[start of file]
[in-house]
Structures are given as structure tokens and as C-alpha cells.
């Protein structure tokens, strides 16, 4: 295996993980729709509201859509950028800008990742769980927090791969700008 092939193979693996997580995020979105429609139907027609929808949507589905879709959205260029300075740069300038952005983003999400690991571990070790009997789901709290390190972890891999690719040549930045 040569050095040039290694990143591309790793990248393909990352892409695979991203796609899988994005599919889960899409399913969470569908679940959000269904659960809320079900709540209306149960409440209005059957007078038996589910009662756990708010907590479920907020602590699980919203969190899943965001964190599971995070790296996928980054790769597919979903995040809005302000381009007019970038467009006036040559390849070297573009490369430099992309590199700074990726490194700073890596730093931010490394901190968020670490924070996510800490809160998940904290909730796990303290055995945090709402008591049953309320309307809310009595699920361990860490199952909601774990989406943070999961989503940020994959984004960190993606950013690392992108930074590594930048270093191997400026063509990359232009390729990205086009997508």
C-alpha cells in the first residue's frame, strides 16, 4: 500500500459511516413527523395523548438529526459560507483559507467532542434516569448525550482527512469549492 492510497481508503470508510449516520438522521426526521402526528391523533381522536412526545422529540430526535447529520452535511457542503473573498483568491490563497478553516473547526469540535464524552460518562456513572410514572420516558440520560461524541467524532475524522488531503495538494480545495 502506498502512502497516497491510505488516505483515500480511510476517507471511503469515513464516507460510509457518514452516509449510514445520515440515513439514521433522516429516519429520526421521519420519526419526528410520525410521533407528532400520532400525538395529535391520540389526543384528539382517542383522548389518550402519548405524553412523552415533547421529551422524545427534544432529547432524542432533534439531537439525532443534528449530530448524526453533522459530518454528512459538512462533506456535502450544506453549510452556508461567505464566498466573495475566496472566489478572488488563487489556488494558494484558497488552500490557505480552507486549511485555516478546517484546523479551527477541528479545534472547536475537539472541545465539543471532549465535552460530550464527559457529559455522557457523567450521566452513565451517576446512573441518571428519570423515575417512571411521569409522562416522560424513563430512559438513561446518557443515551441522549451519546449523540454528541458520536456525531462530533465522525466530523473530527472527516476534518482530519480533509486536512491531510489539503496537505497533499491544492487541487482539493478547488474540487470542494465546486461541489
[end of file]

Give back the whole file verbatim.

[in-house]
Structures are given as structure tokens and as C-alpha cells.
């Protein structure tokens, strides 16, 4: 295996993980729709509201859509950028800008990742769980927090791969700008 092939193979693996997580995020979105429609139907027609929808949507589905879709959205260029300075740069300038952005983003999400690991571990070790009997789901709290390190972890891999690719040549930045 040569050095040039290694990143591309790793990248393909990352892409695979991203796609899988994005599919889960899409399913969470569908679940959000269904659960809320079900709540209306149960409440209005059957007078038996589910009662756990708010907590479920907020602590699980919203969190899943965001964190599971995070790296996928980054790769597919979903995040809005302000381009007019970038467009006036040559390849070297573009490369430099992309590199700074990726490194700073890596730093931010490394901190968020670490924070996510800490809160998940904290909730796990303290055995945090709402008591049953309320309307809310009595699920361990860490199952909601774990989406943070999961989503940020994959984004960190993606950013690392992108930074590594930048270093191997400026063509990359232009390729990205086009997508």
C-alpha cells in the first residue's frame, strides 16, 4: 500500500459511516413527523395523548438529526459560507483559507467532542434516569448525550482527512469549492 492510497481508503470508510449516520438522521426526521402526528391523533381522536412526545422529540430526535447529520452535511457542503473573498483568491490563497478553516473547526469540535464524552460518562456513572410514572420516558440520560461524541467524532475524522488531503495538494480545495 502506498502512502497516497491510505488516505483515500480511510476517507471511503469515513464516507460510509457518514452516509449510514445520515440515513439514521433522516429516519429520526421521519420519526419526528410520525410521533407528532400520532400525538395529535391520540389526543384528539382517542383522548389518550402519548405524553412523552415533547421529551422524545427534544432529547432524542432533534439531537439525532443534528449530530448524526453533522459530518454528512459538512462533506456535502450544506453549510452556508461567505464566498466573495475566496472566489478572488488563487489556488494558494484558497488552500490557505480552507486549511485555516478546517484546523479551527477541528479545534472547536475537539472541545465539543471532549465535552460530550464527559457529559455522557457523567450521566452513565451517576446512573441518571428519570423515575417512571411521569409522562416522560424513563430512559438513561446518557443515551441522549451519546449523540454528541458520536456525531462530533465522525466530523473530527472527516476534518482530519480533509486536512491531510489539503496537505497533499491544492487541487482539493478547488474540487470542494465546486461541489